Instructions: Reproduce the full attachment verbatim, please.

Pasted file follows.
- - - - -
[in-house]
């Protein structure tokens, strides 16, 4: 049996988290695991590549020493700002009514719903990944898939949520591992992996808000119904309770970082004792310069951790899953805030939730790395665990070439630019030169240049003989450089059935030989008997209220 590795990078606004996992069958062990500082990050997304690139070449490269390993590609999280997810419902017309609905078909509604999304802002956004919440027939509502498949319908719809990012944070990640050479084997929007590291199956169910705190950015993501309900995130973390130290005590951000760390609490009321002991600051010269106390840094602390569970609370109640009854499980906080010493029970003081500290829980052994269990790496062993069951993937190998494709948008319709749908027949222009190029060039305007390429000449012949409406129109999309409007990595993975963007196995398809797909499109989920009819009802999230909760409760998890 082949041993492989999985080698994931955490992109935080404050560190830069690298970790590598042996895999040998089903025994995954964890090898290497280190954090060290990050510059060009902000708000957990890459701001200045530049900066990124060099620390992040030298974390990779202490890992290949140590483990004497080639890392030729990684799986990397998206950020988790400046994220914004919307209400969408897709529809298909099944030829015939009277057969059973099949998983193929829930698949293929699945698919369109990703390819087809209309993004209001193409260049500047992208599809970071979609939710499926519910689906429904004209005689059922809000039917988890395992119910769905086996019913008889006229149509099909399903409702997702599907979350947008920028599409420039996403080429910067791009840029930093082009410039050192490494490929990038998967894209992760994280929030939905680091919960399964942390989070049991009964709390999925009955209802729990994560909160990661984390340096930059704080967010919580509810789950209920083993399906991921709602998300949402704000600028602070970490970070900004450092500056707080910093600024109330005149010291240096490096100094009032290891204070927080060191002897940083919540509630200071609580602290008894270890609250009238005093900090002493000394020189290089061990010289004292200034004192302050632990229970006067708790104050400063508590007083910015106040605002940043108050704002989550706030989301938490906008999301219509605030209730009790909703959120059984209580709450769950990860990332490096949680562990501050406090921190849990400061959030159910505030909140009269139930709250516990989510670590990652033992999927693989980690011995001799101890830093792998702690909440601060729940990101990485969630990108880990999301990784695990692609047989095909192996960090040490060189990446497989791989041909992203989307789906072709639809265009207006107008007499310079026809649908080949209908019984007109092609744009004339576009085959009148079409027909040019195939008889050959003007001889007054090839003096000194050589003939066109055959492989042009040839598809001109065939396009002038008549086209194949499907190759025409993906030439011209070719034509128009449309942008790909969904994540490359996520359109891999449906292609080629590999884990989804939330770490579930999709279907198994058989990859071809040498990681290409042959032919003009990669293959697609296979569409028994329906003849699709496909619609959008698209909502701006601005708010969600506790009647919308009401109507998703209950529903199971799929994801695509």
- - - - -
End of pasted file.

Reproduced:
[in-house]
């Protein structure tokens, strides 16, 4: 049996988290695991590549020493700002009514719903990944898939949520591992992996808000119904309770970082004792310069951790899953805030939730790395665990070439630019030169240049003989450089059935030989008997209220 590795990078606004996992069958062990500082990050997304690139070449490269390993590609999280997810419902017309609905078909509604999304802002956004919440027939509502498949319908719809990012944070990640050479084997929007590291199956169910705190950015993501309900995130973390130290005590951000760390609490009321002991600051010269106390840094602390569970609370109640009854499980906080010493029970003081500290829980052994269990790496062993069951993937190998494709948008319709749908027949222009190029060039305007390429000449012949409406129109999309409007990595993975963007196995398809797909499109989920009819009802999230909760409760998890 082949041993492989999985080698994931955490992109935080404050560190830069690298970790590598042996895999040998089903025994995954964890090898290497280190954090060290990050510059060009902000708000957990890459701001200045530049900066990124060099620390992040030298974390990779202490890992290949140590483990004497080639890392030729990684799986990397998206950020988790400046994220914004919307209400969408897709529809298909099944030829015939009277057969059973099949998983193929829930698949293929699945698919369109990703390819087809209309993004209001193409260049500047992208599809970071979609939710499926519910689906429904004209005689059922809000039917988890395992119910769905086996019913008889006229149509099909399903409702997702599907979350947008920028599409420039996403080429910067791009840029930093082009410039050192490494490929990038998967894209992760994280929030939905680091919960399964942390989070049991009964709390999925009955209802729990994560909160990661984390340096930059704080967010919580509810789950209920083993399906991921709602998300949402704000600028602070970490970070900004450092500056707080910093600024109330005149010291240096490096100094009032290891204070927080060191002897940083919540509630200071609580602290008894270890609250009238005093900090002493000394020189290089061990010289004292200034004192302050632990229970006067708790104050400063508590007083910015106040605002940043108050704002989550706030989301938490906008999301219509605030209730009790909703959120059984209580709450769950990860990332490096949680562990501050406090921190849990400061959030159910505030909140009269139930709250516990989510670590990652033992999927693989980690011995001799101890830093792998702690909440601060729940990101990485969630990108880990999301990784695990692609047989095909192996960090040490060189990446497989791989041909992203989307789906072709639809265009207006107008007499310079026809649908080949209908019984007109092609744009004339576009085959009148079409027909040019195939008889050959003007001889007054090839003096000194050589003939066109055959492989042009040839598809001109065939396009002038008549086209194949499907190759025409993906030439011209070719034509128009449309942008790909969904994540490359996520359109891999449906292609080629590999884990989804939330770490579930999709279907198994058989990859071809040498990681290409042959032919003009990669293959697609296979569409028994329906003849699709496909619609959008698209909502701006601005708010969600506790009647919308009401109507998703209950529903199971799929994801695509």